The English monarch Richard III, whom Shakespeare portrayed as a megalomaniacal, malevolent hunchback, is one of the most famous villains in history. But while we've long known that Richard met defeat and apparently suffered his demise at the Battle of Bosworth Field in 1485, it remained a mystery exactly how he died [source: Blaszczak-Boxe]. Was he killed in battle? And if so, what happened to his body, which was never found and identified?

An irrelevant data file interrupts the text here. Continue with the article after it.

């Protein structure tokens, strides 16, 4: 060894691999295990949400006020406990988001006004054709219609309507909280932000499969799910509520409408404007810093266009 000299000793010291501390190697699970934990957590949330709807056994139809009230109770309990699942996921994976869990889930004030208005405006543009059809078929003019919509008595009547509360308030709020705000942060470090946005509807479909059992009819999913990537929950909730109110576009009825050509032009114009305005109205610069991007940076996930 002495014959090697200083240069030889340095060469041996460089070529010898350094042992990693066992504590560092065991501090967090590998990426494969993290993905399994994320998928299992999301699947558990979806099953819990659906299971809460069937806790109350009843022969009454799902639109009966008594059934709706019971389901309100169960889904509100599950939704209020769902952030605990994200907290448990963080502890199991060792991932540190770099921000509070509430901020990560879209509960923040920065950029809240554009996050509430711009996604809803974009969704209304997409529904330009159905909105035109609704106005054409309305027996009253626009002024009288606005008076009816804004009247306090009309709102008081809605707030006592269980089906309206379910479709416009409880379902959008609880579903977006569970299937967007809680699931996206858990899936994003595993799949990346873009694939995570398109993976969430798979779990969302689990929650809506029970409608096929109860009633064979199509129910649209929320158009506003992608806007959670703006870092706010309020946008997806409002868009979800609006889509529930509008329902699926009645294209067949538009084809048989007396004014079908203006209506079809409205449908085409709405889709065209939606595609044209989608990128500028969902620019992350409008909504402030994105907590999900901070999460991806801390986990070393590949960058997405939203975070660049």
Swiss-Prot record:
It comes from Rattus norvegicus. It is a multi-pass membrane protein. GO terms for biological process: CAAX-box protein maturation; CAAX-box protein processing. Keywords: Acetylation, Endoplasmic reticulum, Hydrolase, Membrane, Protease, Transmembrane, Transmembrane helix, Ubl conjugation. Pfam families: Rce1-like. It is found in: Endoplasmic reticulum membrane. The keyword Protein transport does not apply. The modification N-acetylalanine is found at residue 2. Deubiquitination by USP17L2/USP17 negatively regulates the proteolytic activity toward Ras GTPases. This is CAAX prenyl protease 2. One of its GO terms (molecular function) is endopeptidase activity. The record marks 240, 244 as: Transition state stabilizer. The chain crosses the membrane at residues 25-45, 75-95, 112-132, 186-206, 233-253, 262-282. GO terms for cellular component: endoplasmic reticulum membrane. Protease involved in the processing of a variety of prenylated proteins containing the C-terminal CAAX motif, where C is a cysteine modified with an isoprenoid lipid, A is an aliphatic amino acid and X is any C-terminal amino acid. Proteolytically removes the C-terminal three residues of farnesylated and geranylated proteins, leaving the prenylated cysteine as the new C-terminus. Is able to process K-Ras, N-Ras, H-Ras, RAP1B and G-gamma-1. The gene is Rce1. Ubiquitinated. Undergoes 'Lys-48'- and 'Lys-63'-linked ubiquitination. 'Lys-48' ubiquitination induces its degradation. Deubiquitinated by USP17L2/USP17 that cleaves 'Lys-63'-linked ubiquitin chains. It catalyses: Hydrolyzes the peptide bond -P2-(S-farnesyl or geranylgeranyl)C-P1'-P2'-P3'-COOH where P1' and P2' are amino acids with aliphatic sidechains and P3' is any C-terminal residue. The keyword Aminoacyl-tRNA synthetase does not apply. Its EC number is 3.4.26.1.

After more than 500 years, those questions were finally answered. In 2012, an old grave was discovered under a parking lot in Leicester, England, and five months later, DNA tests confirmed that the bones buried there belonged to Richard III. Additionally, in a 2014 study published in the Lancet, researchers revealed that forensic evidence showed that Richard had suffered 11 wounds, including nine blows to the skull. The lack of defensive wounds on his arms or hands led researchers to conclude that he had lost his helmet or removed it during the fighting, and then was killed either in sustained combat with an opponent, or else had been set upon by multiple attackers. They also found that while Richard had a spinal deformity (scoliosis), he did not have a withered arm or a limp, as Shakespeare depicted him [source: Blaszczak-Boxe].